Cont’d from Snow chore brings a father closer to his son
Removing snow was always a small challenge. But, I prided myself on getting out of the house quickly, and providing a safe route for pedestrians and our family cats and different dogs over the years to scamper in the rather expansive upper yard.
The Winter of 2010, however, has knocked me for a loop!
The last few years — as age and PTSD demanded more of my attention — I have found it increasingly difficult to attend to the winter snow chores as “joyfully,” or, actually, as “dutifully” as I used to. And that is where my Son, Nicholas, has become a blessing.
He shovelled the entire front walkway of our home, while I attacked the yard. The 17-year-old refused to “take a break” when I leaned on my shovel, exhausted and in need of a second breath. (I’d later break that shovel by excessive use — too much slushy stuff.)
“I’ll prepare food for the chickens and rooster,” I tell him as I walk down the hill and into the warm house. He continues to shovel where I left off, about halfway up the path to the back of the yard where the chicken coop rests.
It’s still snowing. It’s been nonstop snow for over 24 hours now. Blizzard conditions. Thunderstorms actually mixed with winter snow falls. The worst storm of my lifetime, this Winter of 2010.
Mixing chicken feed with bread, I pour some crackers and chicken broth into a bowl and warm it for our feathered friends, the fowl ones. Yeah, we spoiled ’em. We give them left-over scraps, fruit and vegetables. Add pieces of bread, that would have gone to waste had I not removed some mold around the edges. It stretches out the food and I think I would be so grateful to the guy who was feeding me such a meal if I was a chicken.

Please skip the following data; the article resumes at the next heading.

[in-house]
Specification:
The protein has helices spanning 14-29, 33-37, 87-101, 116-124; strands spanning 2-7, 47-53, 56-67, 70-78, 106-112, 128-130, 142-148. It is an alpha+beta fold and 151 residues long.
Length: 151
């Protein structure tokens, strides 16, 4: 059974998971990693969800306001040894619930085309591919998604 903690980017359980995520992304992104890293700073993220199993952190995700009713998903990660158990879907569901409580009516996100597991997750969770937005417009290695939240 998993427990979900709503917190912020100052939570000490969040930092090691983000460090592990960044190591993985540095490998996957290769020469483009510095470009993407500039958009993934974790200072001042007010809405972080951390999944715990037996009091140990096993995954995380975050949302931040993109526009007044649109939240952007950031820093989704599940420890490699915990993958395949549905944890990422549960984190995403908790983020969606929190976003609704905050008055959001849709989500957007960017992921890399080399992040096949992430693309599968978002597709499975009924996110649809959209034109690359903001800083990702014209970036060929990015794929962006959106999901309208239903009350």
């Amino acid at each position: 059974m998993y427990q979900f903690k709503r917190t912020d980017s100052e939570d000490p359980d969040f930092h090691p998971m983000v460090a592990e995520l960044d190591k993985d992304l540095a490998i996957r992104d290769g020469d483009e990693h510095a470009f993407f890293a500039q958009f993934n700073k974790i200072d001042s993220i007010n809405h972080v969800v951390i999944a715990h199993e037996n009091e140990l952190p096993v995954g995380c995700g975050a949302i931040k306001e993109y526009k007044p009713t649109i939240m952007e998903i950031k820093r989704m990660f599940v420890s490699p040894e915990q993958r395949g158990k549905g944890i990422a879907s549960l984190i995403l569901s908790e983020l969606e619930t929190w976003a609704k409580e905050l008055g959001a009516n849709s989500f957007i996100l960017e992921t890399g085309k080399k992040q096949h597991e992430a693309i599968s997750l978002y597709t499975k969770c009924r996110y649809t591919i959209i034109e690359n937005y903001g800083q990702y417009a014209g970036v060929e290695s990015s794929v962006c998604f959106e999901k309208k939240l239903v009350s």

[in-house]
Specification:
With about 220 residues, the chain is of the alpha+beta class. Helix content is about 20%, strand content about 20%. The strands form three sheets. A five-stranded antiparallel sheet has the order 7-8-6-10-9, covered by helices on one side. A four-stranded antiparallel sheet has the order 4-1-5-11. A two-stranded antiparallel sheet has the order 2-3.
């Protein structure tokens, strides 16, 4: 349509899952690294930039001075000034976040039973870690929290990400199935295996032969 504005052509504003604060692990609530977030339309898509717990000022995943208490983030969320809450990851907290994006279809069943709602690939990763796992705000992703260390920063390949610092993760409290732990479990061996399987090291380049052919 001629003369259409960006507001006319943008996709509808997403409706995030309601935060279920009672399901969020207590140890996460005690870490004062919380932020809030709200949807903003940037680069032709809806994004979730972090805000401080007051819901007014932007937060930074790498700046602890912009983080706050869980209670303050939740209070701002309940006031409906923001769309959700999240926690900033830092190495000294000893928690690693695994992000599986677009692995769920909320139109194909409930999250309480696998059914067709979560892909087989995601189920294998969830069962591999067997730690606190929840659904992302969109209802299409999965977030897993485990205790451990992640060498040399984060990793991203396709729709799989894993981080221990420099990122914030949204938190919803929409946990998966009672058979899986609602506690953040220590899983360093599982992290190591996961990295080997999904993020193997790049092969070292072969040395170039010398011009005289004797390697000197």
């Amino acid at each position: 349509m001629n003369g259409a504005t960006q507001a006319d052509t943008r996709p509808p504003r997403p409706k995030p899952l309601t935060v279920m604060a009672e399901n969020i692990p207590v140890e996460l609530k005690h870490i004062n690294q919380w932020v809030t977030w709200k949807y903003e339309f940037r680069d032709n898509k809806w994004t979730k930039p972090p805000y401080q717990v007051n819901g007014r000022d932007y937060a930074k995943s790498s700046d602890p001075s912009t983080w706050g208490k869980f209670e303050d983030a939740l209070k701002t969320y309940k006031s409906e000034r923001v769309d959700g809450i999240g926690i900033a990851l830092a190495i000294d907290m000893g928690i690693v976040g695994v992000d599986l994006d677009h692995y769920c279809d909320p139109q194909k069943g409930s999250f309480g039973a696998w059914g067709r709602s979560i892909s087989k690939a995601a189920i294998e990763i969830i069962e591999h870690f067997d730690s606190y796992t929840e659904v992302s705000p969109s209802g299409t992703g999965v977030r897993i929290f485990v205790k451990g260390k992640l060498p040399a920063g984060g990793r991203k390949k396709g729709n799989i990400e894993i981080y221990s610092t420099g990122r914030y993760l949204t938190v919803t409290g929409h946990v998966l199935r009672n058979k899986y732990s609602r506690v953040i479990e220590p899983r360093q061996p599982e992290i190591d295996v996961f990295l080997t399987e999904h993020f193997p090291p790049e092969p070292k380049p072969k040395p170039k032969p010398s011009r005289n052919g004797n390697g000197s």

Add some bird seed and even black oil sun flower seeds to top it off. I told you we treat ’em good.
I have been wanting chickens for awhile now, but we’re honestly way too busy to take care of any. Your yard sounds beautiful. It’s hard for me to imagine a place where homes have been in existence for 150 years, though I have been to Pennsylvania twice and seen it for myself. The Seattle area is so ‘new’ by comparison. My neighborhood was but a woods just thirty five years ago, and we still keep most of our acre in that natural state. Not much snow here to shovel, but I know it is hard work! Yes– it’s nice to have young men around to pitch in. Enjoy it while you can. Soon he’ll leave home. 😦
Gathered six eggs from the roost, showed ’em to my son and wished him well at his job as a bus boy at Houlihan’s tonight, thinking about what little time there’ll be to enjoy these little things. Thanks for reminding me!
I wouldn’t mind being a chick in your yard – sounds like five star treatment to me!
You’d make to the top of the pecking order!
I bet you say that to all the old hens…
Can’t top that last one!
humbled in your presence
Be careful out there scooping up all that snow Michael – okay?
Odd – this part of my province was slammed last year with the white stuff – this year? Not so much…
Y’all must have got all the snow to yourselves.
P.S. Please share my good luck wish with your son – I hope he likes his new job and I wish him great success.
We could ship a couple of tons of snow up your way, if you like.
Will pass on to Nick your salutations. He called me at 10:30 pm asking me to wash his “work clothes” for tonite. He didn’t get in until near midnight last nite. I got an all day retreat, I tell him. Well what am I going to do, he asks.
Wash them, I says. I’ll start it, but you’ll finish it,I say.
It’s now 7 am and am still waiting for the youth’s clothes to wash. Will have to wake and shake and bake him soon to get those clothes.
Woke him. got things started. Where will it end, is anybody’s guess
Is parenthood always like this?
Gotta Luv EM!
Let’s see how this chapter develops.